Pens keep their heads while Jackets blow a gasket

The plan, Scott Hartnell acknowledged before the series began, was for the Blue Jackets to rub the Penguins out, to get under their skin and to get in their heads, to hit, agitate, irritate and frustrate, to wear them down and wear them out.

The plan backfired on Columbus in Game 2.

A multi-player scrum erupted after a Blue Jackets charge to the Penguins’ net at the second-period horn.

It carried over into the corner to Marc-Andre Fleury’s right, where Ian Cole and Brandon Dubinsky drew a crowd as they battled.

Once the combatants were separated, it was revealed Dubinsky had earned the only penalty (two for roughing at 20:00 of the second).

Columbus captain Nick Foligno wasn’t happy.

Columbus head coach John Tortorella wasn’t happy.

Wonder how they felt after Evgeni Malkin scored at 2:01 of the third for a 3-1 Penguins’ lead?

It wasn’t officially a power-play goal but it might as well have been.

Just like that, the momentum the Blue Jackets had generated through what had been their best period of the series had vanished.

And just like that, the hole from which the Blue Jackets would have to extricate themselves in the final 20 minutes of regulation had doubled in size.

And now the series deficit the Blue Jackets face has done the same.

It ended 4-1 on Friday night in front of another delirious sellout crowd at PPG Paints Arena.

But it didn’t end before Matt Calvert had assaulted Tom Kuhnhackl at center ice with a cross-check to the neck from behind in the final minute (Calvert’s stick snapped in the process), and then hit Kuhnhackl again for good measure with Kuhnhackl bent over and attempting to collect himself.

Did the Penguins get a break?

Or did Dubinsky earn the penalty that helped seal the Blue Jackets’ fate?

The Penguins maintained they didn’t know why Dubinsky was penalized and Cole wasn’t, and that they didn’t care.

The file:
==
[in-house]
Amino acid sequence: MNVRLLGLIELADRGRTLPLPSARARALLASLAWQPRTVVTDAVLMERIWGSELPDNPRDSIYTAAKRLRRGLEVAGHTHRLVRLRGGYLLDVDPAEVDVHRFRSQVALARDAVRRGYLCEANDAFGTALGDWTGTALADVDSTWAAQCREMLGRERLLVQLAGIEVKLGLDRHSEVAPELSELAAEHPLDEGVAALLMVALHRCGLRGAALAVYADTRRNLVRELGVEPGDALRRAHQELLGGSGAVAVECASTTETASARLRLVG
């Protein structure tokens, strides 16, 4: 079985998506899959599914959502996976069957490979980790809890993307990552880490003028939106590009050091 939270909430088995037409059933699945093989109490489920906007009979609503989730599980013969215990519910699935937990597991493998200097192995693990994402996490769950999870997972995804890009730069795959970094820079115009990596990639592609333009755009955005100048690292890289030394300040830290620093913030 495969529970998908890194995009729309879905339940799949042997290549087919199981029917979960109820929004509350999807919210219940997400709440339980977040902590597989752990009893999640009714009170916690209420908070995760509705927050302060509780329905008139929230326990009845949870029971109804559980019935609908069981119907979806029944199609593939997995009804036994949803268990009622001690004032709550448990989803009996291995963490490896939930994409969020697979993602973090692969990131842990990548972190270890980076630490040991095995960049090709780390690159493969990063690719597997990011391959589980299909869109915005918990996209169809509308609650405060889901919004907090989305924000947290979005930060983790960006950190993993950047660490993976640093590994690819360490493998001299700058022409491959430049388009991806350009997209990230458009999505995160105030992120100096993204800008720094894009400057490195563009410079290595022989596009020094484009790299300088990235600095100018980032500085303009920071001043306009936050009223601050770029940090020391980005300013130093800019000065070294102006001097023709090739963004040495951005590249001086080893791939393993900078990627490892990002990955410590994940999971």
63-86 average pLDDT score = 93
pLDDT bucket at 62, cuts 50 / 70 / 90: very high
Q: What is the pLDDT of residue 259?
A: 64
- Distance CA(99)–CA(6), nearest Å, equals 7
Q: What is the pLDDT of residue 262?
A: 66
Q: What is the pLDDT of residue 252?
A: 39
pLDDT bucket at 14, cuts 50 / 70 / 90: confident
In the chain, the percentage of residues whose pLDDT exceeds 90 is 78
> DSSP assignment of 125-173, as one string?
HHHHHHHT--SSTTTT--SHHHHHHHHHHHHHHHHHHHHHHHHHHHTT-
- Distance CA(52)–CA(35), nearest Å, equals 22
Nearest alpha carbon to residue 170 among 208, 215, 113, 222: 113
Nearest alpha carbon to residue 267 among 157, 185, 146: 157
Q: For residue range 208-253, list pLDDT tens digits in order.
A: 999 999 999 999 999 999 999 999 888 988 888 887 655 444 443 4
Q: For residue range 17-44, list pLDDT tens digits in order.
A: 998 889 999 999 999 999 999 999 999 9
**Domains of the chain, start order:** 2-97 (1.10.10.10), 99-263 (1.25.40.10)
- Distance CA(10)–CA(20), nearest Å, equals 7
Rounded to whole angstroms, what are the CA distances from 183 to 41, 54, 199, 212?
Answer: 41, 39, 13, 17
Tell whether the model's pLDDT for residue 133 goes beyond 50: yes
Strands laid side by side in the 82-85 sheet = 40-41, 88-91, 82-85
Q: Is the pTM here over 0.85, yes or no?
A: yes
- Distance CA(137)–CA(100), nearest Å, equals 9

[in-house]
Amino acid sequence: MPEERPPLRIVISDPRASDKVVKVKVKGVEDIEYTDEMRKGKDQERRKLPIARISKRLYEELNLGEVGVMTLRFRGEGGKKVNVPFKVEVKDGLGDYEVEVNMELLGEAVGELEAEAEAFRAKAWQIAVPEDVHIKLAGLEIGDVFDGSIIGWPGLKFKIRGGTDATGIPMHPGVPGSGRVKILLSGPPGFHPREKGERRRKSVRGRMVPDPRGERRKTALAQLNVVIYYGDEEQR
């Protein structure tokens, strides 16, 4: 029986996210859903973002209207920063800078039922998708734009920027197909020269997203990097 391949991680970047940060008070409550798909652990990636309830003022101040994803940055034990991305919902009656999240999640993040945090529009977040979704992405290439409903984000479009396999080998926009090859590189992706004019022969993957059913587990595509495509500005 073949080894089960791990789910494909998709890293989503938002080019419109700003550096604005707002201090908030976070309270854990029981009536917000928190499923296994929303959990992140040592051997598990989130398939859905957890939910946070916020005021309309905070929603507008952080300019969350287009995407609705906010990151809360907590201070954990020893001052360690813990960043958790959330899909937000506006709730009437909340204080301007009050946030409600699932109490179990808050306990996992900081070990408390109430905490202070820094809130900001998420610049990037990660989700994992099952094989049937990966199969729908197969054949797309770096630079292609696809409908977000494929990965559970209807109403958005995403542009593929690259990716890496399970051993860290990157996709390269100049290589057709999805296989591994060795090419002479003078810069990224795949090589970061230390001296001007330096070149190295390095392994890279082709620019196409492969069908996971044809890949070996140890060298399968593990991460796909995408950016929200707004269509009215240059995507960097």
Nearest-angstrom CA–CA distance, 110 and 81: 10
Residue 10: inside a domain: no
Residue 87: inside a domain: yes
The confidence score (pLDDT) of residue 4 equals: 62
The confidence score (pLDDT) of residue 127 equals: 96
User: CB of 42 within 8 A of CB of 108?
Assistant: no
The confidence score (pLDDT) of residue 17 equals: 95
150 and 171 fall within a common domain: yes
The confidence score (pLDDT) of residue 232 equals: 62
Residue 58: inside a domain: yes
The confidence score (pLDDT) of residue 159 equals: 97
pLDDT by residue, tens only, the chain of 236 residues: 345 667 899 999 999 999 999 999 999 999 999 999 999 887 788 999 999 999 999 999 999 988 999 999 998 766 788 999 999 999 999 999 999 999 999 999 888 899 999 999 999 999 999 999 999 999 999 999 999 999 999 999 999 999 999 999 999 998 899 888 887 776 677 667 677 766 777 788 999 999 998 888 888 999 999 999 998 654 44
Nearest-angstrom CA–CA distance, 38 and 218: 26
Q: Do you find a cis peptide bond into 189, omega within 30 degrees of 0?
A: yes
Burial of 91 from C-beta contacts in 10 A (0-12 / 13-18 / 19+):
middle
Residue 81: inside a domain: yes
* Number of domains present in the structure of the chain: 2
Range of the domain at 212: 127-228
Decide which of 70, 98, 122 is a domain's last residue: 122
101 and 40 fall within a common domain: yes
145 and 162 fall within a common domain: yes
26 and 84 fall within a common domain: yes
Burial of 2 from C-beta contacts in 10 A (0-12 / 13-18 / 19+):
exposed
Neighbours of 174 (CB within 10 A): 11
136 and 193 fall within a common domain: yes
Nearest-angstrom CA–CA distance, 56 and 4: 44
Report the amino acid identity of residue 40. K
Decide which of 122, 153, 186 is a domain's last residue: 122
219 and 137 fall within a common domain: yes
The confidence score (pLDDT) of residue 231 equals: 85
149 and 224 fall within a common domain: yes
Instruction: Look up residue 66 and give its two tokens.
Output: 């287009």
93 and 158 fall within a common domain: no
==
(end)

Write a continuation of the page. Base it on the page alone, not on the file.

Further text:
“The referees are going to do their job, we’re going to do ours,” head coach Mike Sullivan offered.

Tortorella allowed that he never got an explanation.

“We didn’t even ask,” he said. “We’re not even going to get involved in it, we’re just going to play.”

As for the Calvert attack on Kuhnhackl and other such menacing gestures that characterized Game 2, especially at the end, “That’s playoff hockey,” Justin Schultz responded. “It’s intense out there.”

It might be more than that on Sunday night in Game 3 in Columbus.

But what resonates most from Games 1 and 2 _ other than the Blue Jackets having scored two goals in the two games and three in three games in Pittsburgh since April 4 _ is that the Penguins appear ready to handle anything Columbus might be able to throw at them in an effort to disrupt and distract.

And if the Blue Jackets don’t have that going for them, what do they have?

Sullivan has been molding such a team since his arrival last season.

And after last postseason’s run to the Cup, the Penguins appear to have wholeheartedly bought into the concept.

“We can’t win the game after the whistle,” Sullivan insisted. “Our team’s at its best when we play between the whistles and we play hard.

“That’s what I like about this group we have. They’re focused, they’re determined and we’ll just keep playing the game that we’re trying to play.”

That’s a game for which the Blue Jackets have yet to find an appropriate plan.


Content Goes Here